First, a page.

| Toxoplasma gondii |
|Parasite that can rewire brain behavior to make host do things that everything in their fiber normally tells them not to do, especially in cats, but also humans. The U.S military has shown interest.|
Toxoplasma gondii (T. gondii) is an obligate intracellular parasitic protozoan eukaryote that causes the infectious disease toxoplasmosis. Found worldwide, T. gondii is capable of infecting virtually all warm-blooded animals, but felids, such as domestic cats, are the only known definitive hosts in which the parasite may undergo sexual reproduction.
T. gondii has been shown to alter the behavior of infected rodents in ways that increase the rodents' chances of being preyed upon by felids. Support for this "manipulation hypothesis" stems from studies showing that T. gondii-infected rats have a decreased aversion to cat urine. Because cats are the only hosts within which T. gondii can sexually reproduce to complete and begin its lifecycle, such behavioral manipulations are thought to be evolutionary adaptations that increase the parasite's reproductive success. Rats that do not avoid cats' habitations will more likely become cat prey.
The primary mechanisms of T. gondii–induced behavioral changes in rodents are now known to occur through epigenetic remodeling in neurons that govern the relevant behaviors.
Toxoplasmosis is usually spread by eating poorly cooked food that contains cysts, exposure to infected cat feces, and from an infected mother to her baby during pregnancy. Rarely, the disease may be spread by blood transfusion. It is not otherwise spread between people. However, it can infect most types of warm-blooded animals, including humans. Diagnosis is typically by testing blood for antibodies or by testing the amniotic fluid in pregnant women for the parasite's DNA.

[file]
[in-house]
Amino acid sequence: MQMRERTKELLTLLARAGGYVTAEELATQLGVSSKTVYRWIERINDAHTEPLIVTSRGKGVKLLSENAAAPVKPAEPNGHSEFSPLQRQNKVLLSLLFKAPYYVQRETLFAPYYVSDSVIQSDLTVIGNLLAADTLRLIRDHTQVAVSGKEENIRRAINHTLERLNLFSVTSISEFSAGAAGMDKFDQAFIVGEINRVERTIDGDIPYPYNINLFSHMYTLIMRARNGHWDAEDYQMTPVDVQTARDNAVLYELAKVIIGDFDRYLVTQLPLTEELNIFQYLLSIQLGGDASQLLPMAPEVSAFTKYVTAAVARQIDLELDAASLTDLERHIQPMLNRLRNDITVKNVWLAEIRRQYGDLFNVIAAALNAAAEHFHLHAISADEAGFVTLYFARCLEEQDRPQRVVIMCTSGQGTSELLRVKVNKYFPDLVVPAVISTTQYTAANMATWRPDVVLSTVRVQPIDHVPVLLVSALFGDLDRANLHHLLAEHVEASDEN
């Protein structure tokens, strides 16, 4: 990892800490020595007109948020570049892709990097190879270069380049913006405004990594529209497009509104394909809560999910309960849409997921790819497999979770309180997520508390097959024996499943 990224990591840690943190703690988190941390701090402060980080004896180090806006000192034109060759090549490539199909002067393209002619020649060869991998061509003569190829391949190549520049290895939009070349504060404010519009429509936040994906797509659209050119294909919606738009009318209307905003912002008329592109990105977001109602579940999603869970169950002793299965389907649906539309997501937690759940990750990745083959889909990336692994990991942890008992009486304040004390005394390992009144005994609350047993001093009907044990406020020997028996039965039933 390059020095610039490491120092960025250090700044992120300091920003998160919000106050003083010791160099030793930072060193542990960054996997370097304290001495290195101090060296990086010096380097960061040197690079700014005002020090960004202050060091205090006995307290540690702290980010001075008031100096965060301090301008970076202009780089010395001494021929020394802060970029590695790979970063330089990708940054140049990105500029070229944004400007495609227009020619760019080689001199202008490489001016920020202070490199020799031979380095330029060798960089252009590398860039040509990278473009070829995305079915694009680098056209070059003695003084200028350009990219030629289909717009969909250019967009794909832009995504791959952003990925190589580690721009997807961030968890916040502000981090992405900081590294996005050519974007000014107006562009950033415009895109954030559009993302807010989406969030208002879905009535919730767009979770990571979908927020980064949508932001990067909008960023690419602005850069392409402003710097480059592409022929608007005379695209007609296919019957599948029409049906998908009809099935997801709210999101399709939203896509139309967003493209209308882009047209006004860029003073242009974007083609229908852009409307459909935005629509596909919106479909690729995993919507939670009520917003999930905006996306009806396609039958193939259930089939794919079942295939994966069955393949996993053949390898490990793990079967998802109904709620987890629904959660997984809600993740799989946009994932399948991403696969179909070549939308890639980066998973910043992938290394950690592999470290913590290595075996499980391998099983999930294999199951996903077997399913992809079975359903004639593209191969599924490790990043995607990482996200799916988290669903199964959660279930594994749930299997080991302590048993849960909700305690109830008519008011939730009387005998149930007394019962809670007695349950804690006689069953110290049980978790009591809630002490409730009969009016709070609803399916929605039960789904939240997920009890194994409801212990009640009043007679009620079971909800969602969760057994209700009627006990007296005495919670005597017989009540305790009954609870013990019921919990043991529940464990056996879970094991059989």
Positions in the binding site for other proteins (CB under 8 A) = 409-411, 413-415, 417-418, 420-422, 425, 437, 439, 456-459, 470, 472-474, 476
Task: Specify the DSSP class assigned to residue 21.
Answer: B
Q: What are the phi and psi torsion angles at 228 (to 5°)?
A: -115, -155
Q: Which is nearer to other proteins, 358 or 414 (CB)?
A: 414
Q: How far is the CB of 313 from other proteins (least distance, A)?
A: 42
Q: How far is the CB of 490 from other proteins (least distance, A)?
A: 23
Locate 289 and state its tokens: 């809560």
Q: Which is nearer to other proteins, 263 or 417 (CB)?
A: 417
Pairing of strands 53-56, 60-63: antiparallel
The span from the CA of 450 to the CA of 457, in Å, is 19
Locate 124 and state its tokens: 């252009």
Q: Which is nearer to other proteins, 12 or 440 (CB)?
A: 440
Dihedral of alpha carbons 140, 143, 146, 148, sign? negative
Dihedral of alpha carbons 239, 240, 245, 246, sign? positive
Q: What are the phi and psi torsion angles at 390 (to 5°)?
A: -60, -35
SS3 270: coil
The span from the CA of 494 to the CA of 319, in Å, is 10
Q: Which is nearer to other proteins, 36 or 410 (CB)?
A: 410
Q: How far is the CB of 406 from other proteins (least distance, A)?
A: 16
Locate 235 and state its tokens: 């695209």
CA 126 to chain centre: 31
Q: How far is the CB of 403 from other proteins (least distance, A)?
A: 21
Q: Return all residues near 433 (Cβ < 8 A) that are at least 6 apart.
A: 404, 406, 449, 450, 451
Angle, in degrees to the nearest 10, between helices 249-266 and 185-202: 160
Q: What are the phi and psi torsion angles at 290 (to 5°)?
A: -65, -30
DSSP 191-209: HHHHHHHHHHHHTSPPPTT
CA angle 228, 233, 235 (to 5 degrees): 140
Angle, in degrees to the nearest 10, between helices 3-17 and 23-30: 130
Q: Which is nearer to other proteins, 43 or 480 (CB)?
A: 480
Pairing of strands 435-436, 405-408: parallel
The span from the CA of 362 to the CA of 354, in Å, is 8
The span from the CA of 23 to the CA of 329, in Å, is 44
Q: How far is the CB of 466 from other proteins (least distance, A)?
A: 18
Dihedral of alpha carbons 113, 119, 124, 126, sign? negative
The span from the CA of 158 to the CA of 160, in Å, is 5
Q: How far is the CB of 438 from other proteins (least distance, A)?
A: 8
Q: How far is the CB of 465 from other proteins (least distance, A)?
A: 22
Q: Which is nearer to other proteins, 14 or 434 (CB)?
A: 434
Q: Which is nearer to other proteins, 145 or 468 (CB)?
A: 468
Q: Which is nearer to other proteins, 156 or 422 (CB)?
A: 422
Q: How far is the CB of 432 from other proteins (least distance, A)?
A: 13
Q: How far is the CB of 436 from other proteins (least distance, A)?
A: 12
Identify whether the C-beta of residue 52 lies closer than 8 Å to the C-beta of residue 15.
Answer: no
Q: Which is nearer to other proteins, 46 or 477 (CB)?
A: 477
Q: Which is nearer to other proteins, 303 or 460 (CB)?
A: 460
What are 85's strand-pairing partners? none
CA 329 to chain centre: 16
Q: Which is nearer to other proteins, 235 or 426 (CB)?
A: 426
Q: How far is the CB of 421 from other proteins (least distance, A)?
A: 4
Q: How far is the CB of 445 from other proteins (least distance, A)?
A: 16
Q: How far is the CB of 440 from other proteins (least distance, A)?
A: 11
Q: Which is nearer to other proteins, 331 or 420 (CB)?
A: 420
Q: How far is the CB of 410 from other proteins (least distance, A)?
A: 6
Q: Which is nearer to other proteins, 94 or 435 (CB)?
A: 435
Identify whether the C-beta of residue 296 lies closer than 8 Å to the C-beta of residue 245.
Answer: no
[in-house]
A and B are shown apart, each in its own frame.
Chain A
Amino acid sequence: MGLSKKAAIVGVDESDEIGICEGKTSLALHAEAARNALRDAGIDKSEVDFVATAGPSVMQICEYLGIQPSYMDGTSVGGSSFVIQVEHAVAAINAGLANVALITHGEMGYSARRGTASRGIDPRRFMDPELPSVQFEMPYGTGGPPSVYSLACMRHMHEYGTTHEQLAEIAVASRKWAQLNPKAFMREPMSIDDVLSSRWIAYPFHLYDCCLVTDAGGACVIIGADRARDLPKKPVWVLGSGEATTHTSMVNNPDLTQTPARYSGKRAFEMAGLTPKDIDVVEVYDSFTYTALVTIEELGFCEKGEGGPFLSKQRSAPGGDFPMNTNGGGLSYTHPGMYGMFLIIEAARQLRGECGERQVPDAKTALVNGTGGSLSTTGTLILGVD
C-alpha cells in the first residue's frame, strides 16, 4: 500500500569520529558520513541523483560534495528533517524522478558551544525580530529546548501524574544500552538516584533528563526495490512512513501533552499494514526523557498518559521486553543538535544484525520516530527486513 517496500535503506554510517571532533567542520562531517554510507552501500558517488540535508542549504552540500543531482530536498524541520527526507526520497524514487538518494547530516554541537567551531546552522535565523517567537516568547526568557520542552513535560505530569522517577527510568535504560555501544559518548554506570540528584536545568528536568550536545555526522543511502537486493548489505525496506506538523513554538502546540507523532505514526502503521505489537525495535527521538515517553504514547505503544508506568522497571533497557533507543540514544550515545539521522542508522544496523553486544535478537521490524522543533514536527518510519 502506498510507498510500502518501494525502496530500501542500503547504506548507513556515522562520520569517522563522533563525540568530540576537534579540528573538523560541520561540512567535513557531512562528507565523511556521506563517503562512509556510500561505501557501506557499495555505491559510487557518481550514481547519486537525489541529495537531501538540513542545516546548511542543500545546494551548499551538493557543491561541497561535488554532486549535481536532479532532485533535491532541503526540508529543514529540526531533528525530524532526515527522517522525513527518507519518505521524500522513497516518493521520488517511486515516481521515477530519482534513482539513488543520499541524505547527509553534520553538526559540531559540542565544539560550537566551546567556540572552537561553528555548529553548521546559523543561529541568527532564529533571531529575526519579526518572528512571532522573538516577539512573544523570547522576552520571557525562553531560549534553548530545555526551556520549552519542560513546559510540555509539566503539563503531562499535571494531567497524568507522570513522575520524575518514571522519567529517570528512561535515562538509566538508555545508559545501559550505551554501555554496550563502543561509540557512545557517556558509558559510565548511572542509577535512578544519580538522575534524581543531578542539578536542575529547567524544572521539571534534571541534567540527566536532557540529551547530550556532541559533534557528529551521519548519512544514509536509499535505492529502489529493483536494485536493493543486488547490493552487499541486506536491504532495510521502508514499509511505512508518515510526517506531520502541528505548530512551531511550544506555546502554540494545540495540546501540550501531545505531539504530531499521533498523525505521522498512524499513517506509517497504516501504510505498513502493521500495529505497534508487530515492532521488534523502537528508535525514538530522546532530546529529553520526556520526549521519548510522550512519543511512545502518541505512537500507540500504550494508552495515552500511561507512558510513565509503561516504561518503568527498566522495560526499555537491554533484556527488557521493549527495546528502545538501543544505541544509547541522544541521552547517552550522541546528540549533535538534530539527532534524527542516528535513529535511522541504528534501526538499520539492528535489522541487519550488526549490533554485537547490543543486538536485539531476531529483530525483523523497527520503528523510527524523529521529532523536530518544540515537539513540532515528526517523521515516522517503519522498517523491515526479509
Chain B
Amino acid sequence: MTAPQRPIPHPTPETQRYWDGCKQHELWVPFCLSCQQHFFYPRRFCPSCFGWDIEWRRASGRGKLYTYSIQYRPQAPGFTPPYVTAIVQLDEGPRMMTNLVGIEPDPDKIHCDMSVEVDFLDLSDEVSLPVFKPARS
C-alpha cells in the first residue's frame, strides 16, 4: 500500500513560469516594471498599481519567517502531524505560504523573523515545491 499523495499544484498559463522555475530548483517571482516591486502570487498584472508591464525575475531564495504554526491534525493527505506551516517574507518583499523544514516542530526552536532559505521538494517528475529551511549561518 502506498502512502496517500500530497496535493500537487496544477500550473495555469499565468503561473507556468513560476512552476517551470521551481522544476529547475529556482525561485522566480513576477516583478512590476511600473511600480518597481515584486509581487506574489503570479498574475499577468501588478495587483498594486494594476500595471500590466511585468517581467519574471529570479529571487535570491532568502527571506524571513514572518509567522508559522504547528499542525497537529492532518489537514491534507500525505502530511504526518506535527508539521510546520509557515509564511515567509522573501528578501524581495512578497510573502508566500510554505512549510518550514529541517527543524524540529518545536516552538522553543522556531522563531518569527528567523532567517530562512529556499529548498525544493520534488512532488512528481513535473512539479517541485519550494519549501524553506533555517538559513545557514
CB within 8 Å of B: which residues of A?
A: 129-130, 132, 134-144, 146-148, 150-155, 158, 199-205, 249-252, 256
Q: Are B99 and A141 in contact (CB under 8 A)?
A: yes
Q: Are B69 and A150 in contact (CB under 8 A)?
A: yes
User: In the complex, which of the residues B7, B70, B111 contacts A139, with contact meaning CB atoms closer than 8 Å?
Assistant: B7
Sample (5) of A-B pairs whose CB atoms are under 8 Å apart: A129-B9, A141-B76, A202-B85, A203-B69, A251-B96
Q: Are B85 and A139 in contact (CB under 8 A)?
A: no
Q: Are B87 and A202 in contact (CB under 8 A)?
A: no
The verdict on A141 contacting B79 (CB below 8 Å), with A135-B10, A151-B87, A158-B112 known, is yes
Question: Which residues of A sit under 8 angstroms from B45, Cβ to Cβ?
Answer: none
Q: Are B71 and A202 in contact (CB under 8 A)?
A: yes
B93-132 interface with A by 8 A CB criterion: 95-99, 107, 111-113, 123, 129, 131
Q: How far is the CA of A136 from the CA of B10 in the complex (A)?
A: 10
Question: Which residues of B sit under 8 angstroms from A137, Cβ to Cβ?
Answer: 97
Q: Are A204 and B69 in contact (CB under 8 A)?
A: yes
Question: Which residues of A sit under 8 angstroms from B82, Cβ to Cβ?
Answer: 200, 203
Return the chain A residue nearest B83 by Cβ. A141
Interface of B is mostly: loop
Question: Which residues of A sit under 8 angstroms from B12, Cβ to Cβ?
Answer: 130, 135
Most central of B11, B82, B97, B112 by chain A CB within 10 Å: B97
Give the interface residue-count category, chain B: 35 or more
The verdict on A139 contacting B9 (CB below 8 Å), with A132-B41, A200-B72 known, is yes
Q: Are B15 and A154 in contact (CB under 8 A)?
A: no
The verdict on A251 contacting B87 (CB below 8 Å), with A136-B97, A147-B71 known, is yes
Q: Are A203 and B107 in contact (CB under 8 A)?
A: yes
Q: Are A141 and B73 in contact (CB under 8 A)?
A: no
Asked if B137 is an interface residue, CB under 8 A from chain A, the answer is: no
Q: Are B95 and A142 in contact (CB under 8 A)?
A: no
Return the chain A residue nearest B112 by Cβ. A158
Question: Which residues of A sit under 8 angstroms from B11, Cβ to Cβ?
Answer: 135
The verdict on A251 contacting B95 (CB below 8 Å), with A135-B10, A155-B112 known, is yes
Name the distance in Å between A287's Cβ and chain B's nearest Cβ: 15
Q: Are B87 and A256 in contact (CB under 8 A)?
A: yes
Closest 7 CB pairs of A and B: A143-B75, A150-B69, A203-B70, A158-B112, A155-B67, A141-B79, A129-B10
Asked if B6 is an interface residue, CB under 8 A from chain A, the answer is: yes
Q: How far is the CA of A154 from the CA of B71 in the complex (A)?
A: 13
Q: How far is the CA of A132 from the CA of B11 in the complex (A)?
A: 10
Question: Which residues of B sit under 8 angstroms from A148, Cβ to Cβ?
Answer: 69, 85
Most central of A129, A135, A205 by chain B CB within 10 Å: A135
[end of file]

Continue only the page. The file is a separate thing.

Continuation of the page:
Mild, flu-like symptoms occasionally occur during the first few weeks following exposure; otherwise, symptoms are not readily observable in healthy human adults. This asymptomatic state of infection is referred to as a latent infection, and it has recently been associated with numerous subtle, yet adverse or pathological, behavioral alterations in humans.
“You want to know something terrifying? Here's something terrifying and not surprising. The U.S. military knows about Toxo and its effect on behavior. They're interested in Toxo. They're officially intrigued. An I would think they would be intrigued, studying a parasite that makes mammals perhaps do things that everything in their fiber normally tells them not to do because it's dangerous. But suddenly, with this parasite on board, the mammal is a little more likely to go and do it. Who knows? But they're aware of Toxo.”
Professor in neurology and neurosurgery Robert Sapolsky (2 December 2009) 
- Life, the leading edge of Evolutionary Biology,Genetics,Anthropology and Environmental Science; Harper Perennial 2016, page 356